I am so deeply touched by your words. First, let me congratulate you for having the courage to share your feelings. I imagine it is very healing for you to do so, but know that it is also very, VERY healing for those of us who have lost someone to suicide.
    I struggle to understand. My son, Kerry, kept most of his pain to himself so I have many unanswered questions. You are taking control of your depression and doing everything in your power to heal yourself…that IS FANTASTIC!!! and, it takes great courage to face your obstacles head on.
    I look forward to meeting you. I’d also like to introduce you to my daughter Lindsay, who is 19 years old. She has struggled with a lot of loss in her life. Please keep sharing and I’ll keep reading.
    Love, Light and Laughter, Shannon
    Kerry’s Mom

      • Hi Esmeralda,

        I wrote to you probably a month ago. Our daughter had several suicide attempts. She is the Megan who is now a certified Yoga instructor and we are in the beginnings of starting a Yoga business in York, PA

        I will ask her about her schedule and her interest in the event. It would be so great if we could go and get involved! I lived in NYC and have many relatives there. So no excuse to not attend beyond the desire to be involved in the first place. She is such a great instructor – really versatile and open to all kinds of Yoga including parent/child, very gentle Yoga for beginners who kind of don’t get it but want to give it a try. And Yoga for young children. I will speak with her in greater detail and will stay posted through your blog. I really, really hope Erica (pro golfer) did not take her life!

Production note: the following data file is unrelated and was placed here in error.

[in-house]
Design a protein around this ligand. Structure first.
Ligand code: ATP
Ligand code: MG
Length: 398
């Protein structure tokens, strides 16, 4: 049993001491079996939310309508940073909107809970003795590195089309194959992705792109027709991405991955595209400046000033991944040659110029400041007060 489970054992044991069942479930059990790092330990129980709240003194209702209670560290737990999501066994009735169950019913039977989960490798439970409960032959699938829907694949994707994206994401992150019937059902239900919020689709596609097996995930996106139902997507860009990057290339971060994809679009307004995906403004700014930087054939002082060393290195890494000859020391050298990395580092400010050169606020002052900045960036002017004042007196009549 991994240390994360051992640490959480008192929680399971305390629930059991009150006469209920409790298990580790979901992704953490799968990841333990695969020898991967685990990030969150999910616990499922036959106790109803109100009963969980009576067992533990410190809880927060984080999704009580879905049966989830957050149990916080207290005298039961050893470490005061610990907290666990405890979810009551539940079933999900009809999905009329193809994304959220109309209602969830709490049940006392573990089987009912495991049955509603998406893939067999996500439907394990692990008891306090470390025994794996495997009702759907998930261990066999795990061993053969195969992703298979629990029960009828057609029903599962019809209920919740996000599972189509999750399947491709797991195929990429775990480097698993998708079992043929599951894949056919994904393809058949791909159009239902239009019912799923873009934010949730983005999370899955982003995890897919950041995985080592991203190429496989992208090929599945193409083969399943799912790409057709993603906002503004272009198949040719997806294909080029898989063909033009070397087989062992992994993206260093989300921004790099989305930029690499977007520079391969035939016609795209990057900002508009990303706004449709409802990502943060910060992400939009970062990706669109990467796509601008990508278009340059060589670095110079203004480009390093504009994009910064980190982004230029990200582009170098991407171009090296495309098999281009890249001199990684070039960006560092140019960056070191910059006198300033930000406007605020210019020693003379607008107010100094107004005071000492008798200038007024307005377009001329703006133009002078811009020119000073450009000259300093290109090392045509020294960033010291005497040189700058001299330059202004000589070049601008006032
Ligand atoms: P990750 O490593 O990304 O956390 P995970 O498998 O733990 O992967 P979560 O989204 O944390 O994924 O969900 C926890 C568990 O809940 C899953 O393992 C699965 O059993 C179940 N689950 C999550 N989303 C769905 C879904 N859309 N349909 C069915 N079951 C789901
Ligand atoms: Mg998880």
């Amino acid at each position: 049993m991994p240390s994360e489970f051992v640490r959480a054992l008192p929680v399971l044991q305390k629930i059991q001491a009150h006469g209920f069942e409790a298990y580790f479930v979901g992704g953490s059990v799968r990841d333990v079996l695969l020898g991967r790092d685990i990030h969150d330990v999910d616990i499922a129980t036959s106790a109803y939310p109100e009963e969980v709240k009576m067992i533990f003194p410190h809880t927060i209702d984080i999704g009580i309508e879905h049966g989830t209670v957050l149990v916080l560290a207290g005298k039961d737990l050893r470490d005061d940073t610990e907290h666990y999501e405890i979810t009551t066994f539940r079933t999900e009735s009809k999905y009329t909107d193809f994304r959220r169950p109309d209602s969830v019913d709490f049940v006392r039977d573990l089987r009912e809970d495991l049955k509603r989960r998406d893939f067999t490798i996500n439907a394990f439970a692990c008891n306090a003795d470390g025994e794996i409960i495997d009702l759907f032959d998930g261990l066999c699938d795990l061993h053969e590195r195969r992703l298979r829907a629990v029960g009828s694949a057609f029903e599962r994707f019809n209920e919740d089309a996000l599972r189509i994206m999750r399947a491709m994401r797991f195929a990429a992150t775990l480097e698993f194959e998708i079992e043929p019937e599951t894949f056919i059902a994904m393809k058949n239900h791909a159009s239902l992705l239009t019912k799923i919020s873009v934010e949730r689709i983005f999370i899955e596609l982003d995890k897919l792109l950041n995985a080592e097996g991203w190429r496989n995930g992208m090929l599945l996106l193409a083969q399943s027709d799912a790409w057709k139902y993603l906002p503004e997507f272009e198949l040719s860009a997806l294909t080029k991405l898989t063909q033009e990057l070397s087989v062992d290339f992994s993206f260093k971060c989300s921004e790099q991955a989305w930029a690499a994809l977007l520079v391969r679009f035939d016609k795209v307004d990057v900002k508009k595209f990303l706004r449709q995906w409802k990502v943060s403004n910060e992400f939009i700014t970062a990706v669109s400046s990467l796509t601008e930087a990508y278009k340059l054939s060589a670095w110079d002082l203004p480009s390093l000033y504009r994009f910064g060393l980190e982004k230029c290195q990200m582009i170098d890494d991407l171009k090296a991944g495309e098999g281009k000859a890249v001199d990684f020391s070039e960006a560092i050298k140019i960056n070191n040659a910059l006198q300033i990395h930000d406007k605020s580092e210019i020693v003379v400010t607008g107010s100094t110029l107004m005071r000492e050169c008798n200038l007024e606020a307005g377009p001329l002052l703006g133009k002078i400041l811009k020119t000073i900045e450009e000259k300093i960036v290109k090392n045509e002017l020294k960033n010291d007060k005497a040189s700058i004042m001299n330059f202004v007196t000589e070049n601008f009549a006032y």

I hope Robert is feeling better. I have learned through therapy to face my feelings, no matter how hard it is. I think Megan has too and she has taught me this. She still has her difficult times (don’t we all) but her inner strength is helpiong her to focus on life. Have you read “Peace is Every Step?” I am going to start reading tonight. I understand it has changed lives. Author Thich Nhat Hanh. Love, Cindy

      • Hi Cindy, nice to hear from you again. I would love you and your daughter and all your relatives to get involved and give hand. Your daughter could work with Olga who is in charge of the yoga classes at the Fair, we do need others. Your daughter would LOVE Olga, trust me!
        By the way, you were on my list of people to contact to ask for help, but you preceded me. I am going to put you and your daughter down!
        I have not heard of the book you mention but I am sure that I would enjoy it.
        Look forward to hearing from you. 🙂

  2. Dear Naiomi – My son Teddy died of suicide, in February 2009, at the age of 17 as a high school junior. This is why I read this blog. Your words are deeply moving. It’s clear you have a lot of pain and sadness, but it’s also clear you are a strong young woman who has great self-awareness and courage. We are all rooting for you. You are not alone; I hope you know that and remember it. And apropos of nothing, I also love your name. My mother’s name was Ruth Naomi, like the two Bible characters (sisters?) – but just spelled differently. Thank you for writing such an open, honest and moving piece. Stay well. Please. With prayers and wishes, Carla xo